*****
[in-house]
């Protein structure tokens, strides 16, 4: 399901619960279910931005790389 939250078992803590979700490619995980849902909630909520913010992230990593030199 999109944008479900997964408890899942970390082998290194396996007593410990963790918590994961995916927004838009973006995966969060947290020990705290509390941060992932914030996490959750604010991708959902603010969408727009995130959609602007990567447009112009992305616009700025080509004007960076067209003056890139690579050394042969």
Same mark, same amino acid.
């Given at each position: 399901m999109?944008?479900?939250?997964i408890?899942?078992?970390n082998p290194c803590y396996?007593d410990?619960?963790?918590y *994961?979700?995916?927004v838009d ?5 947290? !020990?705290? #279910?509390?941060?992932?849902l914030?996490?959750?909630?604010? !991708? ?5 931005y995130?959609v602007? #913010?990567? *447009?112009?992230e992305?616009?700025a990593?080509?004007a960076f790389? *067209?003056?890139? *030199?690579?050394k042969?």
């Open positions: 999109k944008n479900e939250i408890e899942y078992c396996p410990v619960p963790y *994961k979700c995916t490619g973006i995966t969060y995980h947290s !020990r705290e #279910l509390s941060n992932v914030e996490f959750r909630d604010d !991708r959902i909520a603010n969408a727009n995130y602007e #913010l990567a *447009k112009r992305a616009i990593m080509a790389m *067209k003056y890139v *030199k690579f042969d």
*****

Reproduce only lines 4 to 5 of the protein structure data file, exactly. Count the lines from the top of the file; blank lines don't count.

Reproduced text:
């Given at each position: 399901m999109?944008?479900?939250?997964i408890?899942?078992?970390n082998p290194c803590y396996?007593d410990?619960?963790?918590y *994961?979700?995916?927004v838009d ?5 947290? !020990?705290? #279910?509390?941060?992932?849902l914030?996490?959750?909630?604010? !991708? ?5 931005y995130?959609v602007? #913010?990567? *447009?112009?992230e992305?616009?700025a990593?080509?004007a960076f790389? *067209?003056?890139? *030199?690579?050394k042969?």
């Open positions: 999109k944008n479900e939250i408890e899942y078992c396996p410990v619960p963790y *994961k979700c995916t490619g973006i995966t969060y995980h947290s !020990r705290e #279910l509390s941060n992932v914030e996490f959750r909630d604010d !991708r959902i909520a603010n969408a727009n995130y602007e #913010l990567a *447009k112009r992305a616009i990593m080509a790389m *067209k003056y890139v *030199k690579f042969d």